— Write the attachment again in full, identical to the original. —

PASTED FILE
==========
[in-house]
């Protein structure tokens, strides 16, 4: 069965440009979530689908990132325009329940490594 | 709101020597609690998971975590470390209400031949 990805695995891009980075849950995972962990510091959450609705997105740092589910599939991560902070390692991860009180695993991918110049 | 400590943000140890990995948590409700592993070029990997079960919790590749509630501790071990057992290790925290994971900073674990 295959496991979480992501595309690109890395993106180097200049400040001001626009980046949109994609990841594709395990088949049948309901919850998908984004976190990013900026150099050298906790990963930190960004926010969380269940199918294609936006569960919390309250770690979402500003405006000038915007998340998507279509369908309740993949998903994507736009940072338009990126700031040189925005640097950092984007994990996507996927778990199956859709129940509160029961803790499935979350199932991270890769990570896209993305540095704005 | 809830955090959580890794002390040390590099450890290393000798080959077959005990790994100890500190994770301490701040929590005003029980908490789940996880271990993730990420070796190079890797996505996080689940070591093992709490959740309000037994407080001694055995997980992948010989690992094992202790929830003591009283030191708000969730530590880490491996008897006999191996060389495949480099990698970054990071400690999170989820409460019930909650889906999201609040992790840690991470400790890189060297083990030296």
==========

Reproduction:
[in-house]
């Protein structure tokens, strides 16, 4: 069965440009979530689908990132325009329940490594 | 709101020597609690998971975590470390209400031949 990805695995891009980075849950995972962990510091959450609705997105740092589910599939991560902070390692991860009180695993991918110049 | 400590943000140890990995948590409700592993070029990997079960919790590749509630501790071990057992290790925290994971900073674990 295959496991979480992501595309690109890395993106180097200049400040001001626009980046949109994609990841594709395990088949049948309901919850998908984004976190990013900026150099050298906790990963930190960004926010969380269940199918294609936006569960919390309250770690979402500003405006000038915007998340998507279509369908309740993949998903994507736009940072338009990126700031040189925005640097950092984007994990996507996927778990199956859709129940509160029961803790499935979350199932991270890769990570896209993305540095704005 | 809830955090959580890794002390040390590099450890290393000798080959077959005990790994100890500190994770301490701040929590005003029980908490789940996880271990993730990420070796190079890797996505996080689940070591093992709490959740309000037994407080001694055995997980992948010989690992094992202790929830003591009283030191708000969730530590880490491996008897006999191996060389495949480099990698970054990071400690999170989820409460019930909650889906999201609040992790840690991470400790890189060297083990030296």